Pharisees and scribes, experts in the Law, somehow were in the neighborhood as well—and they grumbled at this scene.  They ask Jesus’ disciples, in their grumbling manner, “Why do y’all eat and drink with tax collectors and sinners?”  To the card-carrying Pharisee or the licensed scribe, these sinners—apparently—are not worth a holy rabbi’s time.  Moreover, these sinners, apparently, will defile the truly righteous if said truly righteous fail to keep sufficient distance between the sinners and themselves.  We read of no answer to this question from the disciples, but we read Jesus’ answer—and His answer teaches the Pharisees, the scribes, and us.

Jesus begins with a curious, apparently irrelevant, self-evident statement: “Those who are well have no need of a physician, but those who are sick.”  The text does not indicate if Jesus paused and allowed his hearers to ponder, but Jesus’ next sentence applies his curious statement to the situation.  The application is profoundly relevant.  Hear Jesus’ words, “I have not come to call the righteous, but sinners, to repentance.”

Sinners are spiritually sick; they need the Great Physician.  Yet we read these words at least thrice in Holy Scripture: “There is none righteous—no, not one” (Psalm 14:3, 53:3; Romans 3:10, punctuation mine).  All need the Great Physician’s healing salvation.  Levi, in hearing Jesus’ words, knew he needed God’s salvation and received it.  Perhaps others received that salvation at the banquet that Levi gave for Jesus.  The Pharisees, and their allies, likely miss this—and, therefore, they miss His salvation at this time.  Alas, many today miss His salvation too.

There is soul-sickness among the sinners in the culture today—among those who are lost without saving relationship with Jesus Christ.  They exhibit these representative symptoms, among others: despair, anger, and idol-worship (worshipping pleasure, e.g.).  These are not too hard to spot if you know where to look and dare to be in position to look.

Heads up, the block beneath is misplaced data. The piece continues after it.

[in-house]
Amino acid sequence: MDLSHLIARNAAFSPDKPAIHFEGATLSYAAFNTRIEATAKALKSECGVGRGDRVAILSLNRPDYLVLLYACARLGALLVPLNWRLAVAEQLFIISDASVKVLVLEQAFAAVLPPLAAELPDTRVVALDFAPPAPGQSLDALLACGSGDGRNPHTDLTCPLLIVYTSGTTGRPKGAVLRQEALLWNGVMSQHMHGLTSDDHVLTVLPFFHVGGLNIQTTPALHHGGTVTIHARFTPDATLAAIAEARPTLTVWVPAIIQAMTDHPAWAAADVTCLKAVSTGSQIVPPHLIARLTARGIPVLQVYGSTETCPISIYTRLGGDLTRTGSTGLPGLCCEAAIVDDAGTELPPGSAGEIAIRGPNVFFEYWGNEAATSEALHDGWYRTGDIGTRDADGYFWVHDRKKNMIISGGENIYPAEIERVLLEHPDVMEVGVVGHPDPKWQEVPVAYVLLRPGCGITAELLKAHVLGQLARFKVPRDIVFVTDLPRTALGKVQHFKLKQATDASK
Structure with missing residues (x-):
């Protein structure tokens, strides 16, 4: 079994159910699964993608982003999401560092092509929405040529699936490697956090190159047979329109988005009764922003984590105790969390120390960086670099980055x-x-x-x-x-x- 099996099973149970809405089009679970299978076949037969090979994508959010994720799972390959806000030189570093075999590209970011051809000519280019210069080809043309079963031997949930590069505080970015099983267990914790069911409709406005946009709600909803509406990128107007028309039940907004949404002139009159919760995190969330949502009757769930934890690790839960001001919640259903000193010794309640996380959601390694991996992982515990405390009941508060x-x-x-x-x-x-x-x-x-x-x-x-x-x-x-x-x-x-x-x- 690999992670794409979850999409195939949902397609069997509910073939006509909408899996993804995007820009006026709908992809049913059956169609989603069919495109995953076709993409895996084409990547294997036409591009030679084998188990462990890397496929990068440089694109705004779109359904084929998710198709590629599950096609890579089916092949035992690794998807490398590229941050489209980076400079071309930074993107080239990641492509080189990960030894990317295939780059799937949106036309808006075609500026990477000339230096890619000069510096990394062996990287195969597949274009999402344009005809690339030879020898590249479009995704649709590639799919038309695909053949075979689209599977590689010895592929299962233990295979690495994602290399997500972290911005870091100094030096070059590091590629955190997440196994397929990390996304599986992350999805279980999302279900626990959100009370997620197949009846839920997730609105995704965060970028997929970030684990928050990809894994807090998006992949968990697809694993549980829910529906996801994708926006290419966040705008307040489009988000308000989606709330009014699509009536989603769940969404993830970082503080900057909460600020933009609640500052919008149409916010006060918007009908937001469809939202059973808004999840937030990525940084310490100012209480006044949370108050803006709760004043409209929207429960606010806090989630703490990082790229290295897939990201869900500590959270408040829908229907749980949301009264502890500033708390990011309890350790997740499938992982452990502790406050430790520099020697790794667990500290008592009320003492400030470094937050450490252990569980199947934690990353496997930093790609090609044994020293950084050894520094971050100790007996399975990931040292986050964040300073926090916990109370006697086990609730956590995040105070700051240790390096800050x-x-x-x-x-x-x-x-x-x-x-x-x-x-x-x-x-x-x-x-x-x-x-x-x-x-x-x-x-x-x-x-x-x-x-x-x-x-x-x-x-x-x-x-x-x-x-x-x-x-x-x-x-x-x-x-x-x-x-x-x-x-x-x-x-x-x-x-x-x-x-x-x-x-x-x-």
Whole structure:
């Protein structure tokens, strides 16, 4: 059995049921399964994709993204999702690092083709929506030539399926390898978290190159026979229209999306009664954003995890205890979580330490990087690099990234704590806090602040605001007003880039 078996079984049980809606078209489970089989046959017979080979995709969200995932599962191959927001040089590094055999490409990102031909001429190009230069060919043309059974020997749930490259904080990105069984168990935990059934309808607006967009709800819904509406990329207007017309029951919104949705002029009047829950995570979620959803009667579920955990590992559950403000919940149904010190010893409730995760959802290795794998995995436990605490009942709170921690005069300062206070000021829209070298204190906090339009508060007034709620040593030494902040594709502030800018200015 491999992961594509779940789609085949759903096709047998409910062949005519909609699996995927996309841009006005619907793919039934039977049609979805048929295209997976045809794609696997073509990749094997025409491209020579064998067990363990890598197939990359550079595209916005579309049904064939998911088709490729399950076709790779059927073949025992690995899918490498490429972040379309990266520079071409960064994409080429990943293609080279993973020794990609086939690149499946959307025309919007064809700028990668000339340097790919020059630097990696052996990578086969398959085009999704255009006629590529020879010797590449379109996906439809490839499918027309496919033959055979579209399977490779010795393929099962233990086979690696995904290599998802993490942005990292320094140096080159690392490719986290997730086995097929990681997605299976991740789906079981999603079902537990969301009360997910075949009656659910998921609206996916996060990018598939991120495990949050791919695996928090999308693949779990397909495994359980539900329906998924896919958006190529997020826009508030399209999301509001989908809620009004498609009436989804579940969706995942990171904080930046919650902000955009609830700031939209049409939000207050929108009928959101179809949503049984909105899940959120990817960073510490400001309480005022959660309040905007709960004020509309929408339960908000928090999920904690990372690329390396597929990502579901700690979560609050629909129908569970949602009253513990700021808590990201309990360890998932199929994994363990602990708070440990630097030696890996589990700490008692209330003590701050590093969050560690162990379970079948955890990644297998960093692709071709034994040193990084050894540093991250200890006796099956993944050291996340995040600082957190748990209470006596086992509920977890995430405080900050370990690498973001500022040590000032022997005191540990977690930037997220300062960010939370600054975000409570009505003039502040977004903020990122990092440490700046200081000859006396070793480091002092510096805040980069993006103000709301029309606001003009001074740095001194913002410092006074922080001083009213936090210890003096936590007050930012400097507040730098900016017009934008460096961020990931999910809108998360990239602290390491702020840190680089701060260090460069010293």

We are tempted to think that such soul-sickness confines itself to the lost—that it is nowhere found among the found.  Yet, and alas, there is lingering soul-sickness among the found too.  The representative symptoms are almost identical to those found in our lost world: despair, anger, and worship of lesser so-called gods (pleasure, e.g.).  How often are you and I buffeted by such a sickness of soul?

Again, rejoice, for the Great Physician has come.  He has come, just as He did in Capernaum at Levi’s tax booth, to call lost sinners to salvation.  More than this, Jesus has come to cleanse saved sinners—and that in ongoing fashion.  Let us, then, announce His coming.  Let us announce His coming, for these purposes, to one another for our mutual encouragement and joy.  Let us also announce His coming to those outside His covenant people—for their potential temporal (i.e., this-worldly) and eternal delight.  May our Great Physician, our Lord Jesus Christ, together with the Father and the Holy Spirit, bless you each and all abundantly—both now and forevermore.  AMEN.